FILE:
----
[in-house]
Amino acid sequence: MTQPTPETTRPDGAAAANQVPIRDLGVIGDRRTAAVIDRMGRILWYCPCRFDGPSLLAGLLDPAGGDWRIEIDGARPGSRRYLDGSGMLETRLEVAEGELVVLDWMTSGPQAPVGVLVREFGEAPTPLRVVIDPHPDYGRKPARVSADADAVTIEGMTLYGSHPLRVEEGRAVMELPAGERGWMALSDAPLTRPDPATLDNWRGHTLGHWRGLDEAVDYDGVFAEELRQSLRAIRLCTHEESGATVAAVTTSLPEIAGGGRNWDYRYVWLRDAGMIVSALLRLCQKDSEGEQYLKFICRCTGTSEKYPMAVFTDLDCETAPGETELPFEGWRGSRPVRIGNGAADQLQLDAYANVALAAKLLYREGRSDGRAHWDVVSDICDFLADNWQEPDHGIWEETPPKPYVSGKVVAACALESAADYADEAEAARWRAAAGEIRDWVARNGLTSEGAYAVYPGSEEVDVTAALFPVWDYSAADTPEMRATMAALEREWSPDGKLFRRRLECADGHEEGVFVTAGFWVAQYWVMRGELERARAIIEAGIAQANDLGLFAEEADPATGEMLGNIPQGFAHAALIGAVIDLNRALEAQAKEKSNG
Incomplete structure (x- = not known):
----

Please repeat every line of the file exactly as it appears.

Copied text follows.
[in-house]
Amino acid sequence: MTQPTPETTRPDGAAAANQVPIRDLGVIGDRRTAAVIDRMGRILWYCPCRFDGPSLLAGLLDPAGGDWRIEIDGARPGSRRYLDGSGMLETRLEVAEGELVVLDWMTSGPQAPVGVLVREFGEAPTPLRVVIDPHPDYGRKPARVSADADAVTIEGMTLYGSHPLRVEEGRAVMELPAGERGWMALSDAPLTRPDPATLDNWRGHTLGHWRGLDEAVDYDGVFAEELRQSLRAIRLCTHEESGATVAAVTTSLPEIAGGGRNWDYRYVWLRDAGMIVSALLRLCQKDSEGEQYLKFICRCTGTSEKYPMAVFTDLDCETAPGETELPFEGWRGSRPVRIGNGAADQLQLDAYANVALAAKLLYREGRSDGRAHWDVVSDICDFLADNWQEPDHGIWEETPPKPYVSGKVVAACALESAADYADEAEAARWRAAAGEIRDWVARNGLTSEGAYAVYPGSEEVDVTAALFPVWDYSAADTPEMRATMAALEREWSPDGKLFRRRLECADGHEEGVFVTAGFWVAQYWVMRGELERARAIIEAGIAQANDLGLFAEEADPATGEMLGNIPQGFAHAALIGAVIDLNRALEAQAKEKSNG
Incomplete structure (x- = not known):